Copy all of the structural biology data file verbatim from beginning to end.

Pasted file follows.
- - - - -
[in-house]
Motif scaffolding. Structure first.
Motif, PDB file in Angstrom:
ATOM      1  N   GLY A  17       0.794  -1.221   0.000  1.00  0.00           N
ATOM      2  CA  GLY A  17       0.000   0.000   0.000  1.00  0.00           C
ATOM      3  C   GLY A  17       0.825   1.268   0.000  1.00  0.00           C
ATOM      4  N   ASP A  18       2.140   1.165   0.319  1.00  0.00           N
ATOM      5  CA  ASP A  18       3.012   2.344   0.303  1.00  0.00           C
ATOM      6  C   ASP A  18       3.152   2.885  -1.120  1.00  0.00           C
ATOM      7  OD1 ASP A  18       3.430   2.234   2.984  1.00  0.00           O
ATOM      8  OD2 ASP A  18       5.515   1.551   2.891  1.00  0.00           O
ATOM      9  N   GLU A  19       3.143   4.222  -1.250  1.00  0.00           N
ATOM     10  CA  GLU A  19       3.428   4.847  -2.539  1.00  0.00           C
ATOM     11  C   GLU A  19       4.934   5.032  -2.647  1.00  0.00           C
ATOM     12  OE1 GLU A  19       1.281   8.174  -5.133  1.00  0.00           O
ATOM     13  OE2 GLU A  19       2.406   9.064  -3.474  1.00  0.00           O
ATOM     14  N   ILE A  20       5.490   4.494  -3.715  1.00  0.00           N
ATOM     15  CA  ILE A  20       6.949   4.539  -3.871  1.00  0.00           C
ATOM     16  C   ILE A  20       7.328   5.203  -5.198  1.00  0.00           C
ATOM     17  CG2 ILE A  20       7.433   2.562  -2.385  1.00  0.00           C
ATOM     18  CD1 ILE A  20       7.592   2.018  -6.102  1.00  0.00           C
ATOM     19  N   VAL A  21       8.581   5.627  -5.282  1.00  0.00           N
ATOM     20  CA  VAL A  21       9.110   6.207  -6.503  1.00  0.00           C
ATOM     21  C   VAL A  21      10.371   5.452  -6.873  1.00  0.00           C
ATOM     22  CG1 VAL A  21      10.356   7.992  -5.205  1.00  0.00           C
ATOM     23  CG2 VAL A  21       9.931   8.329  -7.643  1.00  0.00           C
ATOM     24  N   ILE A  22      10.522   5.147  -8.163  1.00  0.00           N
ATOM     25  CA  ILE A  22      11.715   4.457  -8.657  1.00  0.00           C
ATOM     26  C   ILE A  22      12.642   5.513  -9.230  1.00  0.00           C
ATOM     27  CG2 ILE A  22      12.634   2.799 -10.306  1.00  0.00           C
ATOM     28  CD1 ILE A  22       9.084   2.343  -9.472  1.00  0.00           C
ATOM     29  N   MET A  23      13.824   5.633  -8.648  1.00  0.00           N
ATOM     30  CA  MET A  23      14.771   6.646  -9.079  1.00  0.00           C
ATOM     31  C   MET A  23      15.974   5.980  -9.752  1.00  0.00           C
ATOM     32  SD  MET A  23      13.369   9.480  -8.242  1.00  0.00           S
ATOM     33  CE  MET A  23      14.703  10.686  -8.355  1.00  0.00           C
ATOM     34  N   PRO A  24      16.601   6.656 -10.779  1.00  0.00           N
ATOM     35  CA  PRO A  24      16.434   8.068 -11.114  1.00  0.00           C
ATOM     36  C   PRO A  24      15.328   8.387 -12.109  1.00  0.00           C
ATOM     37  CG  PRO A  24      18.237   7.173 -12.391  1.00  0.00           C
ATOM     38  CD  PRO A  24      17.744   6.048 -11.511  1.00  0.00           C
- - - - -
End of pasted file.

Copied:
[in-house]
Motif scaffolding. Structure first.
Motif, PDB file in Angstrom:
ATOM      1  N   GLY A  17       0.794  -1.221   0.000  1.00  0.00           N
ATOM      2  CA  GLY A  17       0.000   0.000   0.000  1.00  0.00           C
ATOM      3  C   GLY A  17       0.825   1.268   0.000  1.00  0.00           C
ATOM      4  N   ASP A  18       2.140   1.165   0.319  1.00  0.00           N
ATOM      5  CA  ASP A  18       3.012   2.344   0.303  1.00  0.00           C
ATOM      6  C   ASP A  18       3.152   2.885  -1.120  1.00  0.00           C
ATOM      7  OD1 ASP A  18       3.430   2.234   2.984  1.00  0.00           O
ATOM      8  OD2 ASP A  18       5.515   1.551   2.891  1.00  0.00           O
ATOM      9  N   GLU A  19       3.143   4.222  -1.250  1.00  0.00           N
ATOM     10  CA  GLU A  19       3.428   4.847  -2.539  1.00  0.00           C
ATOM     11  C   GLU A  19       4.934   5.032  -2.647  1.00  0.00           C
ATOM     12  OE1 GLU A  19       1.281   8.174  -5.133  1.00  0.00           O
ATOM     13  OE2 GLU A  19       2.406   9.064  -3.474  1.00  0.00           O
ATOM     14  N   ILE A  20       5.490   4.494  -3.715  1.00  0.00           N
ATOM     15  CA  ILE A  20       6.949   4.539  -3.871  1.00  0.00           C
ATOM     16  C   ILE A  20       7.328   5.203  -5.198  1.00  0.00           C
ATOM     17  CG2 ILE A  20       7.433   2.562  -2.385  1.00  0.00           C
ATOM     18  CD1 ILE A  20       7.592   2.018  -6.102  1.00  0.00           C
ATOM     19  N   VAL A  21       8.581   5.627  -5.282  1.00  0.00           N
ATOM     20  CA  VAL A  21       9.110   6.207  -6.503  1.00  0.00           C
ATOM     21  C   VAL A  21      10.371   5.452  -6.873  1.00  0.00           C
ATOM     22  CG1 VAL A  21      10.356   7.992  -5.205  1.00  0.00           C
ATOM     23  CG2 VAL A  21       9.931   8.329  -7.643  1.00  0.00           C
ATOM     24  N   ILE A  22      10.522   5.147  -8.163  1.00  0.00           N
ATOM     25  CA  ILE A  22      11.715   4.457  -8.657  1.00  0.00           C
ATOM     26  C   ILE A  22      12.642   5.513  -9.230  1.00  0.00           C
ATOM     27  CG2 ILE A  22      12.634   2.799 -10.306  1.00  0.00           C
ATOM     28  CD1 ILE A  22       9.084   2.343  -9.472  1.00  0.00           C
ATOM     29  N   MET A  23      13.824   5.633  -8.648  1.00  0.00           N
ATOM     30  CA  MET A  23      14.771   6.646  -9.079  1.00  0.00           C
ATOM     31  C   MET A  23      15.974   5.980  -9.752  1.00  0.00           C
ATOM     32  SD  MET A  23      13.369   9.480  -8.242  1.00  0.00           S
ATOM     33  CE  MET A  23      14.703  10.686  -8.355  1.00  0.00           C
ATOM     34  N   PRO A  24      16.601   6.656 -10.779  1.00  0.00           N
ATOM     35  CA  PRO A  24      16.434   8.068 -11.114  1.00  0.00           C
ATOM     36  C   PRO A  24      15.328   8.387 -12.109  1.00  0.00           C
ATOM     37  CG  PRO A  24      18.237   7.173 -12.391  1.00  0.00           C
ATOM     38  CD  PRO A  24      17.744   6.048 -11.511  1.00  0.00           C